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Resistance Training in Sports

By Steve Kleeman, LATC
Head
Athletic Trainer Billerica High School


Northeast
Rehabilitation Health Network



One
does need to look far to see athletes using resistance training 
(weight lifting) to enhance
performance and prevent injury.  It
is widely accepted that resistance training can be a beneficial part of the
conditioning process for athletes. Recently, younger and younger athletes have
begun to use resistance training either as part of a general fitness program of
a part of the preparation for athletics. Many
people are skeptical of young people using strength training fearing injury or
possible impact on the growth rate of a child. 
Also, some skeptics question the benefits the child will receive. 
In other words,  Is strength
training prior to the onset of adolescence really necessary at all?

Most
if not all competitive athletes engage in weight lifting to enhance athletic
performance and /or to prevent injury.  More
and more we are seeing younger and younger athlete utilizing weight lifting with
an eye toward these same goals.  For
years now we have seen high level athletes using weight training as part of
their conditioning program.  We have
also seen high school age athletes using resistance training as part of their
athletic preparation.  Recently, 
we have seen middle school athletes begin to look at strength training as
a means of improving athlete performance altering physical appearance and
reducing injuries.  There are many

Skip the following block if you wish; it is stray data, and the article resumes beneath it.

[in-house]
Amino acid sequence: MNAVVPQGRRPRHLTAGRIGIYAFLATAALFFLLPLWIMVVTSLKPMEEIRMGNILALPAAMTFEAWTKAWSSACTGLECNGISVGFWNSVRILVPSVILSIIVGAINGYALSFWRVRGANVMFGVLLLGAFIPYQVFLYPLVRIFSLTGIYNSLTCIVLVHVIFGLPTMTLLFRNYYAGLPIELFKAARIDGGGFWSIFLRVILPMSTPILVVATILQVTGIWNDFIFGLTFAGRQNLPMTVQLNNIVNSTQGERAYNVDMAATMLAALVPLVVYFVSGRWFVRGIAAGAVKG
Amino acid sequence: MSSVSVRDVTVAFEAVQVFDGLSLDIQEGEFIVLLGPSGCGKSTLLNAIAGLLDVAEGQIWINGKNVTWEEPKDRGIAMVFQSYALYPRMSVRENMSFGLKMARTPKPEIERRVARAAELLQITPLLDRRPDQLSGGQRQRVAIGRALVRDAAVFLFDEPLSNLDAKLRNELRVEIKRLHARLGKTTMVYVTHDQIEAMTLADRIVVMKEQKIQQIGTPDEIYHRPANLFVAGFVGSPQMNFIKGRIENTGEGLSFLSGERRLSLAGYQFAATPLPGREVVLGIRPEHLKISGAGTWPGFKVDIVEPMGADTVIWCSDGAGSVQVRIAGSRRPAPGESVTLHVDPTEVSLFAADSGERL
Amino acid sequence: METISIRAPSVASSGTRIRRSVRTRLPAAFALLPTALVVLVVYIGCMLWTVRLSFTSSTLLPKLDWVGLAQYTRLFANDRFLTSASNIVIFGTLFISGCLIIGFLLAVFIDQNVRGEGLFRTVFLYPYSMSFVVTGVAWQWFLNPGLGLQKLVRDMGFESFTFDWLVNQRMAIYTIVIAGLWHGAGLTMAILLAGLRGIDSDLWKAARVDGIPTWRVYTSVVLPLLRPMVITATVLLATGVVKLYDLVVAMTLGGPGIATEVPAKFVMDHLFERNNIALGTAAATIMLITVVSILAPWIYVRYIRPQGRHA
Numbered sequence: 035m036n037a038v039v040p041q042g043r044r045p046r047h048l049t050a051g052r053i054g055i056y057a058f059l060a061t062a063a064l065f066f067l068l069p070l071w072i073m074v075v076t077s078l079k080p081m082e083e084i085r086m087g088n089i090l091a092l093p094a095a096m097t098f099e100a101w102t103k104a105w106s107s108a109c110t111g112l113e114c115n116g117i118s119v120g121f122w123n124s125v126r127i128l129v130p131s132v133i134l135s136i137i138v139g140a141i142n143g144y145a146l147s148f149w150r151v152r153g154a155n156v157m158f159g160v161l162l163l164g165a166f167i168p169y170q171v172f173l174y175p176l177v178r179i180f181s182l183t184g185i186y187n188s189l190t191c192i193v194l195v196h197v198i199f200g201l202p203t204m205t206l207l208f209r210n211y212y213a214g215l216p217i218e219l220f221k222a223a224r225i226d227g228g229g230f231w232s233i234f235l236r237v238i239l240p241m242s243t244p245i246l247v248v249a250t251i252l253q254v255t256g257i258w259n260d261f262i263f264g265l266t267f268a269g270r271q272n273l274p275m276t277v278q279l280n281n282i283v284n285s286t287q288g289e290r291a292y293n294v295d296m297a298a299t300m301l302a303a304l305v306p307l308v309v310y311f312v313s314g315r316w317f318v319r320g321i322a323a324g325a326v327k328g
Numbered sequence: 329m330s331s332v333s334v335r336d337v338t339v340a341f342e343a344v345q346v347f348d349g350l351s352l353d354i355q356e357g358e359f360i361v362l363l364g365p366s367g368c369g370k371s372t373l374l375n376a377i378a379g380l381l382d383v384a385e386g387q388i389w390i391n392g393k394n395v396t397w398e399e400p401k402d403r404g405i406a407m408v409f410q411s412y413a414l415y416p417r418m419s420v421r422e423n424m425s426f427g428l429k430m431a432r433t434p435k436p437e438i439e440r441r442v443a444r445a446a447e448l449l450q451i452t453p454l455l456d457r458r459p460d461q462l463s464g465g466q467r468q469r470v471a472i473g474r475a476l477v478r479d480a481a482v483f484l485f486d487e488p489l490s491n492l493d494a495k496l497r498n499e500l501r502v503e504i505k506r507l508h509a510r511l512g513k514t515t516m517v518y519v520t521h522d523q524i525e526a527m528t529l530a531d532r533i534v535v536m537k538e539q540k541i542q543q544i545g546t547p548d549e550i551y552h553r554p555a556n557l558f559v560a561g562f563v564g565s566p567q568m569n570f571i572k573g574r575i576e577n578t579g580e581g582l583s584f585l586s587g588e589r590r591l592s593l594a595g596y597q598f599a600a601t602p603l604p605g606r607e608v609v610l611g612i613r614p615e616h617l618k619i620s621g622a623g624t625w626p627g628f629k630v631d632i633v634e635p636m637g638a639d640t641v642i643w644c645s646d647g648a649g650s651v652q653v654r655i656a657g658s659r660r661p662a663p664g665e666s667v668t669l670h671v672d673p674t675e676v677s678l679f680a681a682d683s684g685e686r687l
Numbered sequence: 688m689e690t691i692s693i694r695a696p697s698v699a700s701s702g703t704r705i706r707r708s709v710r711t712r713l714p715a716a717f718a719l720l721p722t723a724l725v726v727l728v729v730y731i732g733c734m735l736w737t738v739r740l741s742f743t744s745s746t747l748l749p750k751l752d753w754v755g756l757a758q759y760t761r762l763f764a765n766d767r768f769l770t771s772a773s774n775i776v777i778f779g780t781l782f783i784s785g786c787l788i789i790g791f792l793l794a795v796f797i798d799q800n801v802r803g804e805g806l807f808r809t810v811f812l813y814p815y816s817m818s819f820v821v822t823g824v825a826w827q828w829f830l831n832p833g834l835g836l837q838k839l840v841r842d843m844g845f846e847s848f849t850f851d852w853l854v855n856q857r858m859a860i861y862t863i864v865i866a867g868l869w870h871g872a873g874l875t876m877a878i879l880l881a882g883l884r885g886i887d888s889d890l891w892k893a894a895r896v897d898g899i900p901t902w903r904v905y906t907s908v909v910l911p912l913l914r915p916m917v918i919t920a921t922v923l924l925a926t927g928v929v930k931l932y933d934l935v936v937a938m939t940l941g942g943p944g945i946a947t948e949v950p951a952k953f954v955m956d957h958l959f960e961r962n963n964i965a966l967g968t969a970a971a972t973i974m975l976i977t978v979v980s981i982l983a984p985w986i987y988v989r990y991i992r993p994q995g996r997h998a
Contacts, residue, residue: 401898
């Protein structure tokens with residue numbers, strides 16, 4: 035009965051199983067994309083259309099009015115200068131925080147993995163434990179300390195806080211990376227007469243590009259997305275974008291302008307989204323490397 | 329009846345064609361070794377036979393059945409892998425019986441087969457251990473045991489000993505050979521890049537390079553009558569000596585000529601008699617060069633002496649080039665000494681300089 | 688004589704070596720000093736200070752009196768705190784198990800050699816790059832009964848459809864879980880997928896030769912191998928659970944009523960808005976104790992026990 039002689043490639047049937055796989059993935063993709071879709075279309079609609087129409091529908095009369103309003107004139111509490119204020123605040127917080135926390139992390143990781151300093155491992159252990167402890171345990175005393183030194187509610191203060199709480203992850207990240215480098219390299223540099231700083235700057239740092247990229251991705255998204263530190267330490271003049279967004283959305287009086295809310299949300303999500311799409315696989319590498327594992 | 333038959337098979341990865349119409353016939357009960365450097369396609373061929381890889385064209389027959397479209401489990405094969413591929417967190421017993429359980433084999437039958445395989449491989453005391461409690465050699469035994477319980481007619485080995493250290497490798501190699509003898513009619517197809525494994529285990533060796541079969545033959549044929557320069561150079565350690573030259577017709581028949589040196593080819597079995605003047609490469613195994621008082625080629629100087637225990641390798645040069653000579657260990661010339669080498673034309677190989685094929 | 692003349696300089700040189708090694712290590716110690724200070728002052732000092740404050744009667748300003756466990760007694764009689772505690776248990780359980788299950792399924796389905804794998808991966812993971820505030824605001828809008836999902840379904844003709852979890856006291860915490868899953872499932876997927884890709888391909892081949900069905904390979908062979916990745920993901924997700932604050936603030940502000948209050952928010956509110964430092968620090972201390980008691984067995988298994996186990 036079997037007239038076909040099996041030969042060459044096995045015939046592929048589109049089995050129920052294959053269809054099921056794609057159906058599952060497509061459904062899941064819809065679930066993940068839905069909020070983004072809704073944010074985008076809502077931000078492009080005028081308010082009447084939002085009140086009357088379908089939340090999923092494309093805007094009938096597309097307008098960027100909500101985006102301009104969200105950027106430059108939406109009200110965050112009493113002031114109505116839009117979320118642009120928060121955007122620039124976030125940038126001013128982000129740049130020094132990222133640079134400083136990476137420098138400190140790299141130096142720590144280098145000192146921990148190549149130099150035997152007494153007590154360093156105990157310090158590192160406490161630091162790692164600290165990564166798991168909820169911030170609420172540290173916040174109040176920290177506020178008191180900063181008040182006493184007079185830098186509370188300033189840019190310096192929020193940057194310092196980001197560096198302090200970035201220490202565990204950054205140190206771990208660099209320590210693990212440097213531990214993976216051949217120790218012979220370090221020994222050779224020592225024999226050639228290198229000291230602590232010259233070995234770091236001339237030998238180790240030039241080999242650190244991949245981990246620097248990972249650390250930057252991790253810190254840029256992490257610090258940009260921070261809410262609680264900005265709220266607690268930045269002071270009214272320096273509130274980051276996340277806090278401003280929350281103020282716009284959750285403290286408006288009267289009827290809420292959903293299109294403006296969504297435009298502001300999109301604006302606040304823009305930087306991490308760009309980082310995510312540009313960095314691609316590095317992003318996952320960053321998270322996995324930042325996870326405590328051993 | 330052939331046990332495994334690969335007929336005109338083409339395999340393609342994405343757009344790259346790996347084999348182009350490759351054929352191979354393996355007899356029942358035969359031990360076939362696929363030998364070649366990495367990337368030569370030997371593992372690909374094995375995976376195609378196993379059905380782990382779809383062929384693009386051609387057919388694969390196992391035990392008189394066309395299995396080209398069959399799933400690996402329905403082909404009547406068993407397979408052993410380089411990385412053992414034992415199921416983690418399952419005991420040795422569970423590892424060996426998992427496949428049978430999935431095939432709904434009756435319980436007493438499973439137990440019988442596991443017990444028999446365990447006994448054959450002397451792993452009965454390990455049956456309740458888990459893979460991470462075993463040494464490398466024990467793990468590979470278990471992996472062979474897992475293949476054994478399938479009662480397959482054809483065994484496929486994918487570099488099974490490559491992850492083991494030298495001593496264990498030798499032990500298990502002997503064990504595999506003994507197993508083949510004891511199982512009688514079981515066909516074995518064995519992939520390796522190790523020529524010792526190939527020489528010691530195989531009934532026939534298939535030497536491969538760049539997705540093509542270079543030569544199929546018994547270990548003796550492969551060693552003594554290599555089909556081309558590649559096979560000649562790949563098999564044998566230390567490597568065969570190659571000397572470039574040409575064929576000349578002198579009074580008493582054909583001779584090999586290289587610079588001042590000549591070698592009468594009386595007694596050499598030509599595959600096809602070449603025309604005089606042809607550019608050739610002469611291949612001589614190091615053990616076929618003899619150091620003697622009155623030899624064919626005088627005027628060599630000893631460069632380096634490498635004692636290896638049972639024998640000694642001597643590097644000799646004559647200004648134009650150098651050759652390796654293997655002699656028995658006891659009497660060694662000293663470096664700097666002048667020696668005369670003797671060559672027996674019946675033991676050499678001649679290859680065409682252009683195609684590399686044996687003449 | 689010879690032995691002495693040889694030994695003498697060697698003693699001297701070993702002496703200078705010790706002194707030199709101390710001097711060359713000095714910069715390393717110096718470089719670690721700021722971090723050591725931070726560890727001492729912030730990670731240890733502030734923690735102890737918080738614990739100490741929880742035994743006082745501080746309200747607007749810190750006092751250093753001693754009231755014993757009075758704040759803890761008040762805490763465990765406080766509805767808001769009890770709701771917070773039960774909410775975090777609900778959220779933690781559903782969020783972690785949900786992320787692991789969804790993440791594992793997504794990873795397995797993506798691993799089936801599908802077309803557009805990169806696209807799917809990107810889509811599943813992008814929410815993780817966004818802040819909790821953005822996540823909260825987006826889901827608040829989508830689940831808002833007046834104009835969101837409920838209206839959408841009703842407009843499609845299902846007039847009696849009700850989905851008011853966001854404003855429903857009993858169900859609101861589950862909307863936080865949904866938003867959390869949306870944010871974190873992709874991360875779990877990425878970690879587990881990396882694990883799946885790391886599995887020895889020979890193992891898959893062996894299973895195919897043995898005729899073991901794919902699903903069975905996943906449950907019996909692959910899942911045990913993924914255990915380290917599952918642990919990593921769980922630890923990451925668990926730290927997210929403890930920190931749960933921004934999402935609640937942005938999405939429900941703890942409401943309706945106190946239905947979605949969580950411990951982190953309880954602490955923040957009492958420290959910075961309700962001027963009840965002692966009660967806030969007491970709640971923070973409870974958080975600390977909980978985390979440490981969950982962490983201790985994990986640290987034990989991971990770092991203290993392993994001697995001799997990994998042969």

issues to consider when thinking about weight training in the pre-adolescent age
group, but this article will discuss the recommendations of experts regarding
safety injury prevention.

According
to the American Academy of Pediatrics the first step in discussing
pre-adolescent weight training is to make sure that 
qualified adult supervision is present at all times. 
This is important to ensure that the exercises are carefully chosen and
the resistance is appropriate for each individual child. 
Also,  it is very important
to have a qualified person available to carefully monitor each child to see that
the exercises are being performed safely and properly. Step two is to
differentiate between competitive weight lifting and strength training or
resistance training.  Weight lifting
competitively or attempting to lift the maximum weight the athlete is capable of
lifting, or power lifting , (which is the weight lifting seen in Olympic style
weight lifting) as well as bodybuilding are all considered inappropriate for the
pre-adolescent.  These styles or
types of lifting are inappropriate because the total weight lifted is too high. 
In these types of lifting the athletes will typically perform a few
repetitions at a very high weight which is an appropriately designed program for
increasing strength. However, with children, there is an increased risk of
injury, such as weights falling or musculoskeletal injury such as muscle strains
because the weight was more than the child was prepared for, 
as well as long term risks such as premature closing of the growth
plates.

Resistance
training, weight training, and strength training are all the synonymous and are
all acceptable for pre-adolescents.  Research
has shown that children who participate in a well supervised program appropriate
to each childs development there can be significant gains in strength. 
The program should use a weight that the child can lift 15-20 times for 3
sets.  If done correctly there is a
low risk of injury as there is in any well supervised physical activity. 
So while the amount of weight and the intensity might not be the same as
the Olympic weight lifters or professional athletes in training 
it can be a valuable part of a physically active lifestyle for many
children.